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article imageOp-Ed: U.S. Millenials' weak job skills due to 'cover your *ss' teaching

By Calvin Wolf     Mar 11, 2015 in Politics
When it comes to comparing our low academic test scores against other wealthy nations, we typically point to the fact that we test ALL of our high school students...while other nations only test their top performers. But a new test should give us pause.
It is no longer news that America's high school students are falling behind their peers in other industrialized nations. Compared to other nations in Europe and east Asia, the U.S. has lagging standardized test scores and high school graduation rates. However, critics have long pointed out that most of these industrialized nations test only their top performers...while the United States tests all of its secondary students. In many other nations, students are moved into different "tracks" after junior high, meaning all of our high school students are compared against only the "college track" high school students of other countries, which skews the comparison.
But a recent test by Princeton University's Educational Testing Service (ETS) has turned up troubling news after individuals aged 16 to 65 in 23 industrialized nations took a test called the Program for International Assessment of Adult Competencies (PIAAC), reports Fortune. Unfortunately, in terms of critical thinking and problem-solving skills, the United States often ranked near, or at, the bottom of the pack.
Worryingly, the U.S. fared little better when adjusting for level of education. The typical American with a four-year degree lags behind the college graduates of most other industrialized nations in terms of literacy and job skills. Even when testing tech-savvy job skills, an area which many consider to be America's strength, the U.S. lagged behind its peers. Basically, our argument that we fare better "on the job" than "in the classroom" as a way to avoid worrying about international test score comparisons has been crushed.
Also, it now appears that our weaknesses in the classroom are bleeding into the workforce. Millenials in America scored worse than their parents on the PIAAC, with older Americans scoring closer to their international colleagues. We are not closing an international skills gap...instead, the skills gap is widening.
Why is this happening? We throw more money at education than ever, yet Americans lag behind their foreign peers at all levels, even post-graduate. And the wave of public school "reform," which began with the passage of No Child Left Behind in 2001, is not helping.
As a teacher, I know why this erosion of skills is happening, especially in terms of critical thinking and problem-solving. We have removed power and authority from teachers, turning public school teaching into an exercise in "cover your *ss." Fearing they will get no backup from administrators, teachers water down their teaching and weaken their academic rigor to avoid angry students and parents. States and school districts want near-universal high school graduation rates, which further pressures teachers to inflate grades and make assignments and assessments easier.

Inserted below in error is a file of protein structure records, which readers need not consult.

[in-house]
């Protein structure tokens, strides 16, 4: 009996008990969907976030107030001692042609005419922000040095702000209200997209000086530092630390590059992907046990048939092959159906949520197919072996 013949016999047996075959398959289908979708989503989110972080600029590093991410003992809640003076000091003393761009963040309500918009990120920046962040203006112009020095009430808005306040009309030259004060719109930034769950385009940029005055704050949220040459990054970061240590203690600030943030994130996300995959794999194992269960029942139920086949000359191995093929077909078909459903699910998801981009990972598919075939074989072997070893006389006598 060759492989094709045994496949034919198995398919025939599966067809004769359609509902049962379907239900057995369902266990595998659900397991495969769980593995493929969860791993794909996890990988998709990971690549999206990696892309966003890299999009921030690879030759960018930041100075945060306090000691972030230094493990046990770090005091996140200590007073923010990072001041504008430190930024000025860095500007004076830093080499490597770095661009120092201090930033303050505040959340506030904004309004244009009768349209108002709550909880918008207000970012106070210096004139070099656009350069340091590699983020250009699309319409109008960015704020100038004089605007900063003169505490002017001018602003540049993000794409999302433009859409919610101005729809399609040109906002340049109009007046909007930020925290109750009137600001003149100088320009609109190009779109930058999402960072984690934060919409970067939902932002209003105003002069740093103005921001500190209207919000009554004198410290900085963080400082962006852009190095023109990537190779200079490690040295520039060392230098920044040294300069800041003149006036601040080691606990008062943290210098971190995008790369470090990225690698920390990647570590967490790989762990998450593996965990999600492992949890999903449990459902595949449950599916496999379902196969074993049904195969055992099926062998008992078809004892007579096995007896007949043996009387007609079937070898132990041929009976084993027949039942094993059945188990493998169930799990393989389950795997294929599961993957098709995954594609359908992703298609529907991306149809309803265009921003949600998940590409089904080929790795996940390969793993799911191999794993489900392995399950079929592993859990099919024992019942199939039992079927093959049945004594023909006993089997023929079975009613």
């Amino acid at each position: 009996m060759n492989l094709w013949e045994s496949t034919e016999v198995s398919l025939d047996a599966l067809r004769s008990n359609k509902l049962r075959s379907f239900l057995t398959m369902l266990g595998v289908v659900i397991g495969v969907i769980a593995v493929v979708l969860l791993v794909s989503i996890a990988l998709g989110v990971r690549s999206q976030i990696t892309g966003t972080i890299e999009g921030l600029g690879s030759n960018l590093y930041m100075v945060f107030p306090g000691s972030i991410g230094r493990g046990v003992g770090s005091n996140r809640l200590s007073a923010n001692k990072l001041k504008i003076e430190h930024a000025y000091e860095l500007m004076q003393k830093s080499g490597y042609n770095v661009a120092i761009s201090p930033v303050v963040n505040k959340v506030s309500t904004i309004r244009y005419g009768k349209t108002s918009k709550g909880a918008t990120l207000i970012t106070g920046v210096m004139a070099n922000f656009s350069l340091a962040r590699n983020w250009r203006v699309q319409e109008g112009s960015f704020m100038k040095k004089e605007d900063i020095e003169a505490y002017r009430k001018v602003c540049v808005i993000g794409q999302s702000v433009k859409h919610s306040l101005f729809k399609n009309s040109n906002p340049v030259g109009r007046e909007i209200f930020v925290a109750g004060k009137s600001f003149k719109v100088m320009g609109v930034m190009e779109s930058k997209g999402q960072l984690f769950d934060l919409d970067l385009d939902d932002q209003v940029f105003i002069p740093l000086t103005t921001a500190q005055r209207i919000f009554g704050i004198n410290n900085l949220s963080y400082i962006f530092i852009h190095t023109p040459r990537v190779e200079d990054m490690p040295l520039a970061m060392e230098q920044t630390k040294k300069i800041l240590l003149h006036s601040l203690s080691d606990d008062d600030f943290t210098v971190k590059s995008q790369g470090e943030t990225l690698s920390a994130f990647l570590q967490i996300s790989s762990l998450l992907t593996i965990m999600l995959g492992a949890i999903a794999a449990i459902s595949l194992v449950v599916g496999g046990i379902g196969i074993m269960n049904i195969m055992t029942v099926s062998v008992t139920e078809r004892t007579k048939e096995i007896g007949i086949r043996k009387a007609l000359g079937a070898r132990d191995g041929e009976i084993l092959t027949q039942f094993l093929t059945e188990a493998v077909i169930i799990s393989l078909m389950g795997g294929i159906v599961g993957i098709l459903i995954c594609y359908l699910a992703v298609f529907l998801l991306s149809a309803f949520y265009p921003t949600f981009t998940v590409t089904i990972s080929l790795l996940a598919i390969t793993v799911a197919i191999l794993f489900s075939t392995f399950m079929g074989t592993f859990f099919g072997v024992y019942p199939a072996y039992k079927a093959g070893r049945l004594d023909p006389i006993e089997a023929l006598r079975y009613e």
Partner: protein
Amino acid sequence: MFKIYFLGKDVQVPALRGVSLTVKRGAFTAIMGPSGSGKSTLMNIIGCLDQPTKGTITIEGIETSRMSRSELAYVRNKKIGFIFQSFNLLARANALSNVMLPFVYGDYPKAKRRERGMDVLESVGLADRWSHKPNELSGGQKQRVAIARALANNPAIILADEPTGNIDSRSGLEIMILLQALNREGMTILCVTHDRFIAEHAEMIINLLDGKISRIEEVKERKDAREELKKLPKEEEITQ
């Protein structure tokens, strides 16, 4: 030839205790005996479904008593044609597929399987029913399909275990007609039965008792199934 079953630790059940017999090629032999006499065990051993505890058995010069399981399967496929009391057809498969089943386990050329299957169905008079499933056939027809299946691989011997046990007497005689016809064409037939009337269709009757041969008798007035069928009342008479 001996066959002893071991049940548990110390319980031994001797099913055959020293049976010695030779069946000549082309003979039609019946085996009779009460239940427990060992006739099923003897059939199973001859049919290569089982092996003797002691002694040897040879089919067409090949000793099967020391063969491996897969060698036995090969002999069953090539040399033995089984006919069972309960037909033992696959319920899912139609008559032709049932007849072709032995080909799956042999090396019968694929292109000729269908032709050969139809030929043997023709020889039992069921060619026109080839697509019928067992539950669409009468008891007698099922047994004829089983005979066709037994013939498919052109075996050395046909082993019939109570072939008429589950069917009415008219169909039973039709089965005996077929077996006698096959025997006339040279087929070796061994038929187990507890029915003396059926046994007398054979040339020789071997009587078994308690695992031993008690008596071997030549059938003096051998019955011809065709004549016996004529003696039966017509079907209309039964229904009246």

Our students lack critical thinking and problem-solving skills because teachers have made everything easy. We mandated performance figures from the top, and the only way to get it was to do some unsavory tweaking down below. We want everyone to we simply pass everyone. Did anyone in Washington not foresee the problems? Since there are few former teachers in Congress, probably not.
Even our best and brightest students often lack the drive to accept, or pursue, critical thinking and problem-solving skills. I teach Advanced Placement seniors, and most of them hate having to engage in writing, critical thinking, and problem-solving. They want to be spoon-fed information, know the exact answers ahead of time, have only multiple-choice assessments, and simply regurgitate information. With the exception of a handful of top performers, they loathe writing complete sentences, making inferences, or studying a breadth of information.
Over time, I have caved. I have crumbled under gripes, moans, angry parents, and the dreariness of abysmal grades. I now stick to multiple-choice, comprehensive test reviews, and plenty of extra credit. I am part of the problem. At the end of each grading period, I know I will be run under the microscope if more than a few students fail my class. To get along, I inflate grades and give second, third, and fourth chances. I do this to cover my *ss and guarantee that I will not have trouble with the administration.
And we wonder why our college graduates are not ready for the rigors of the competitive-market workplace.
This opinion article was written by an independent writer. The opinions and views expressed herein are those of the author and are not necessarily intended to reflect those of
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